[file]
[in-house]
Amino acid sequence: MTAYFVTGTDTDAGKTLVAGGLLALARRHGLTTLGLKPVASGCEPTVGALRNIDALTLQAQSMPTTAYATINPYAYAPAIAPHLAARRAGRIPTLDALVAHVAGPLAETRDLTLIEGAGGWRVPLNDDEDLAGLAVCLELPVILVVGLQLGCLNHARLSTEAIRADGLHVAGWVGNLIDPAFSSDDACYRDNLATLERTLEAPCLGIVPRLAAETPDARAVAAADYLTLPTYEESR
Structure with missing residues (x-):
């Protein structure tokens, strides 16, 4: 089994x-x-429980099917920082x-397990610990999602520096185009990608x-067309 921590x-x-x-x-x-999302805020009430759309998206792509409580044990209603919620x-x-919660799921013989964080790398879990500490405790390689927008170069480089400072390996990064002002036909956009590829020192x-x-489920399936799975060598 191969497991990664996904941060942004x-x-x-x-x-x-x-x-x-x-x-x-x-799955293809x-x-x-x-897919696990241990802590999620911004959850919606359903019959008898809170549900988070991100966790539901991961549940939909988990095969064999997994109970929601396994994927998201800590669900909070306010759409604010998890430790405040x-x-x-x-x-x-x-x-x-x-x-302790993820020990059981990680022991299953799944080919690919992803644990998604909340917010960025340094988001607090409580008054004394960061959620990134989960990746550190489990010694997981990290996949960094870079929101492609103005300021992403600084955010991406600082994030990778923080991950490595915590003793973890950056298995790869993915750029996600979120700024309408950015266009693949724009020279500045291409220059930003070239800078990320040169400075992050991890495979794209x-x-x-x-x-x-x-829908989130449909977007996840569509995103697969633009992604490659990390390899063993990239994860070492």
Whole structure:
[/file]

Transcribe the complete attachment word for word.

[in-house]
Amino acid sequence: MTAYFVTGTDTDAGKTLVAGGLLALARRHGLTTLGLKPVASGCEPTVGALRNIDALTLQAQSMPTTAYATINPYAYAPAIAPHLAARRAGRIPTLDALVAHVAGPLAETRDLTLIEGAGGWRVPLNDDEDLAGLAVCLELPVILVVGLQLGCLNHARLSTEAIRADGLHVAGWVGNLIDPAFSSDDACYRDNLATLERTLEAPCLGIVPRLAAETPDARAVAAADYLTLPTYEESR
Structure with missing residues (x-):
């Protein structure tokens, strides 16, 4: 089994x-x-429980099917920082x-397990610990999602520096185009990608x-067309 921590x-x-x-x-x-999302805020009430759309998206792509409580044990209603919620x-x-919660799921013989964080790398879990500490405790390689927008170069480089400072390996990064002002036909956009590829020192x-x-489920399936799975060598 191969497991990664996904941060942004x-x-x-x-x-x-x-x-x-x-x-x-x-799955293809x-x-x-x-897919696990241990802590999620911004959850919606359903019959008898809170549900988070991100966790539901991961549940939909988990095969064999997994109970929601396994994927998201800590669900909070306010759409604010998890430790405040x-x-x-x-x-x-x-x-x-x-x-302790993820020990059981990680022991299953799944080919690919992803644990998604909340917010960025340094988001607090409580008054004394960061959620990134989960990746550190489990010694997981990290996949960094870079929101492609103005300021992403600084955010991406600082994030990778923080991950490595915590003793973890950056298995790869993915750029996600979120700024309408950015266009693949724009020279500045291409220059930003070239800078990320040169400075992050991890495979794209x-x-x-x-x-x-x-829908989130449909977007996840569509995103697969633009992604490659990390390899063993990239994860070492």
Whole structure: